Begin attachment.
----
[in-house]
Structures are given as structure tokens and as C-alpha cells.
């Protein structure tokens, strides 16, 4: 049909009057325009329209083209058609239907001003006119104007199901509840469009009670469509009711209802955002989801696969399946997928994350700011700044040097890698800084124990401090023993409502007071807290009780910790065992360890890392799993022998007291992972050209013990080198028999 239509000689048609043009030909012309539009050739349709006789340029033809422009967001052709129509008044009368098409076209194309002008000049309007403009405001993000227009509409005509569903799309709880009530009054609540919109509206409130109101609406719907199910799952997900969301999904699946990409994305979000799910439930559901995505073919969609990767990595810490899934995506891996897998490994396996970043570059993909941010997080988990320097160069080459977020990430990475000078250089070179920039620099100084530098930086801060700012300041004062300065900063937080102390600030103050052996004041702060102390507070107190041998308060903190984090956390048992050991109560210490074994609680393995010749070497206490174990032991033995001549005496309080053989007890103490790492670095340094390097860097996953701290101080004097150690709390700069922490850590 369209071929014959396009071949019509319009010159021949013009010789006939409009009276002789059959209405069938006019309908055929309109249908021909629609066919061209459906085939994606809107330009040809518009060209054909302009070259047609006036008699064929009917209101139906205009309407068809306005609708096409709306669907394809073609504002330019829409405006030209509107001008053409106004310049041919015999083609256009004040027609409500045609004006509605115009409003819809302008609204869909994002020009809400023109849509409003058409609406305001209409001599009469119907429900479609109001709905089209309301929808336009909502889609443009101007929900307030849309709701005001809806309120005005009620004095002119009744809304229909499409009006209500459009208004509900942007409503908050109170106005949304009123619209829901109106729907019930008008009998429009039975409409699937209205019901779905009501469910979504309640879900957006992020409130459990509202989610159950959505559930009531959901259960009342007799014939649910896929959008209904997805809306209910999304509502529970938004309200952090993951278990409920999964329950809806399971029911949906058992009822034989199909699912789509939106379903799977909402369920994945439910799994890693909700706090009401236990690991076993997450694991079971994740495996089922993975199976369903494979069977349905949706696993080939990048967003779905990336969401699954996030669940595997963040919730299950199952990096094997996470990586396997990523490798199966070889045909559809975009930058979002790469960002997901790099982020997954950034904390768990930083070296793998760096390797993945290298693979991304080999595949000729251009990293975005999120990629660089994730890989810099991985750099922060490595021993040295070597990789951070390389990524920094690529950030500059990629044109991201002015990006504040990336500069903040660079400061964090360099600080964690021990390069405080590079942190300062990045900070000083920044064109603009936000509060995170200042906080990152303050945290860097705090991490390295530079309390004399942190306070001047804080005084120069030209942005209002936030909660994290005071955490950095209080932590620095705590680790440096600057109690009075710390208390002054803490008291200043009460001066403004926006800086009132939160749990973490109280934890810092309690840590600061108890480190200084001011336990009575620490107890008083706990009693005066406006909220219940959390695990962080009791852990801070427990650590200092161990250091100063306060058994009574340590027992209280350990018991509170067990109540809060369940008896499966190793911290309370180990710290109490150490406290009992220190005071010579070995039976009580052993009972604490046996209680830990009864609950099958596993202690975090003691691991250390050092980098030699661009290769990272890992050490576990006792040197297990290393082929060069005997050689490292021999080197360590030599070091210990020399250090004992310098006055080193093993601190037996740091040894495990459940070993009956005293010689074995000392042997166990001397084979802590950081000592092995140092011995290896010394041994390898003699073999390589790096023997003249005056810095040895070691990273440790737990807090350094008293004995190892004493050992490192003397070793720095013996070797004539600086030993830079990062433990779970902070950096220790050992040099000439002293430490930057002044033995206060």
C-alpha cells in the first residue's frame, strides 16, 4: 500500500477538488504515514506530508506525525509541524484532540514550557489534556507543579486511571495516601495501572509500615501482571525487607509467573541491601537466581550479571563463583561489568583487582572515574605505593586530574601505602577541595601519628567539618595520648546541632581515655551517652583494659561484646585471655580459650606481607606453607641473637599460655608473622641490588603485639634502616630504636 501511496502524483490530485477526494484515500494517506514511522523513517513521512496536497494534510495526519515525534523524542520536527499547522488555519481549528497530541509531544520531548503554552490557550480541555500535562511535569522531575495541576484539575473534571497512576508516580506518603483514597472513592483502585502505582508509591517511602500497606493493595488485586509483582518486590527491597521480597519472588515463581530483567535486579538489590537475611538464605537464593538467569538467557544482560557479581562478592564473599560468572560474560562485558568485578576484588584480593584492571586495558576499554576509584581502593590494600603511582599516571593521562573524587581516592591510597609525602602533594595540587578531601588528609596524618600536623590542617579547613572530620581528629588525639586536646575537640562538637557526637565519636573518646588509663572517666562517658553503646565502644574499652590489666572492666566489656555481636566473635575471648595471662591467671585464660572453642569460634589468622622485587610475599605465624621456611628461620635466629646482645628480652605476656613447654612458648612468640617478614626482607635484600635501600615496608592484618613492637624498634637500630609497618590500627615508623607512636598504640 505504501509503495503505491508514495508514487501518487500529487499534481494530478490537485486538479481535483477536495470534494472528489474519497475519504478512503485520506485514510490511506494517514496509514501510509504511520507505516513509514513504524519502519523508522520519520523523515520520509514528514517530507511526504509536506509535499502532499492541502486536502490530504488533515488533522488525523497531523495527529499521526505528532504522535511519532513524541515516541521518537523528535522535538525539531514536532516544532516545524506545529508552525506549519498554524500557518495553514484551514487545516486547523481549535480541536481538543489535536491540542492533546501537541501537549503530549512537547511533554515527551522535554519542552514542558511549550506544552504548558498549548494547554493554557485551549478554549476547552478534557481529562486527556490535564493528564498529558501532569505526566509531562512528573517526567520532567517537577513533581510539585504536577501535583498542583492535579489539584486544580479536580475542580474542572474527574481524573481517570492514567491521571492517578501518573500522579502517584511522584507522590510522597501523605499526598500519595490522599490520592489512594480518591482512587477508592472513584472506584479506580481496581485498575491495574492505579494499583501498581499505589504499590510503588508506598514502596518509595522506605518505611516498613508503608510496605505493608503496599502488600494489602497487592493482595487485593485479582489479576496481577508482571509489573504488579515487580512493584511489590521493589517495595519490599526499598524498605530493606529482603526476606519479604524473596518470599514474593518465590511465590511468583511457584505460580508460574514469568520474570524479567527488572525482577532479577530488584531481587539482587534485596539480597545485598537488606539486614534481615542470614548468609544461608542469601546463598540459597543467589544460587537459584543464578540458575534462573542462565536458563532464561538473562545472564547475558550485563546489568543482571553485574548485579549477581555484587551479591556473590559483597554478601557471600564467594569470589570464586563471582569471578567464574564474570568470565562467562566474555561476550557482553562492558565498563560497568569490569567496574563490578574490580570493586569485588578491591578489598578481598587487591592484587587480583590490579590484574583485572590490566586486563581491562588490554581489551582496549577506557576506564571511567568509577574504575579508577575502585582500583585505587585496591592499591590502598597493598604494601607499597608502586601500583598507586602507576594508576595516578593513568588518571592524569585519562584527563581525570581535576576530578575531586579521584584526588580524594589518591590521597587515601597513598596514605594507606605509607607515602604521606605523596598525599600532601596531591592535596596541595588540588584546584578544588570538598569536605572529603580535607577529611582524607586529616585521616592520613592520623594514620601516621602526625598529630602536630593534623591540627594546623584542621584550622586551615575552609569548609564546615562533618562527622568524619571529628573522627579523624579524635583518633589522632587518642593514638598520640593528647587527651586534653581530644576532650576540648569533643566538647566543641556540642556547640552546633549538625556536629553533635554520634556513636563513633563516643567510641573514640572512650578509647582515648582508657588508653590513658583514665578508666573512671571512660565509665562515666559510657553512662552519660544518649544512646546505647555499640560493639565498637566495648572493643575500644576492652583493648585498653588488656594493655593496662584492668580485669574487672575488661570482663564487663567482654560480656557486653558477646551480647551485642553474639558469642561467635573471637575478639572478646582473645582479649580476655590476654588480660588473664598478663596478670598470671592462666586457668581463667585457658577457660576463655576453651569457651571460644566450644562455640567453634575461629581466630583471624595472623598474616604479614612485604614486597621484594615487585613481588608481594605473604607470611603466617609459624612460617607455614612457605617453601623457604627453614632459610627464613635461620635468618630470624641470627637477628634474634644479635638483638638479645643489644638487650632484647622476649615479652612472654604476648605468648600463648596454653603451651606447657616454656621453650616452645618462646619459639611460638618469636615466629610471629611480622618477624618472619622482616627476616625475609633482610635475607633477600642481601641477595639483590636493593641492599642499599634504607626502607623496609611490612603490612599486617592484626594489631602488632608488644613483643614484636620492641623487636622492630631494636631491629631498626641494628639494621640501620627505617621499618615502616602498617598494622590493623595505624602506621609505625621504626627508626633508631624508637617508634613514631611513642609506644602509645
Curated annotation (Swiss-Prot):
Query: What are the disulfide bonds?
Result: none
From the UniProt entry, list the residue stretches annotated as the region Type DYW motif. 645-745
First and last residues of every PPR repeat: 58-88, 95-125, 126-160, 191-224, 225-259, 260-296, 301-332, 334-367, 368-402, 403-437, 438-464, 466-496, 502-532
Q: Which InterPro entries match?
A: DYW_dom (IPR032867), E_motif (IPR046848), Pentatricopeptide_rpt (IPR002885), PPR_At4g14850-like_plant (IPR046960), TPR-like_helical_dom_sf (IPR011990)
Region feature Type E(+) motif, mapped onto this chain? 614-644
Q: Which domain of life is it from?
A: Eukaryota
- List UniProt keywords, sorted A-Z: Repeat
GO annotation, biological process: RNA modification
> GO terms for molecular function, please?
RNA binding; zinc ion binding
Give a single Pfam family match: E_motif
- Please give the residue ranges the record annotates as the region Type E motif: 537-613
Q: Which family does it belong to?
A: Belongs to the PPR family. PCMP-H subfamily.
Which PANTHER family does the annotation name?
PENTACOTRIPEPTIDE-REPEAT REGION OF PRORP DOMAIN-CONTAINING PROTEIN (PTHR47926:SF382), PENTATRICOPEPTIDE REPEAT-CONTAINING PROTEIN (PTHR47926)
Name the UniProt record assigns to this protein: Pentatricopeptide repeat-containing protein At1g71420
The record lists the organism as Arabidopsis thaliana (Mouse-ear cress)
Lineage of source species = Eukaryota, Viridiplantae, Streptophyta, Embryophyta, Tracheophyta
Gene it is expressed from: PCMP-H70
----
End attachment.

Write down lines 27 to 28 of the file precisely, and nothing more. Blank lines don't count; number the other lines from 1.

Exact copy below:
Lineage of source species = Eukaryota, Viridiplantae, Streptophyta, Embryophyta, Tracheophyta
Gene it is expressed from: PCMP-H70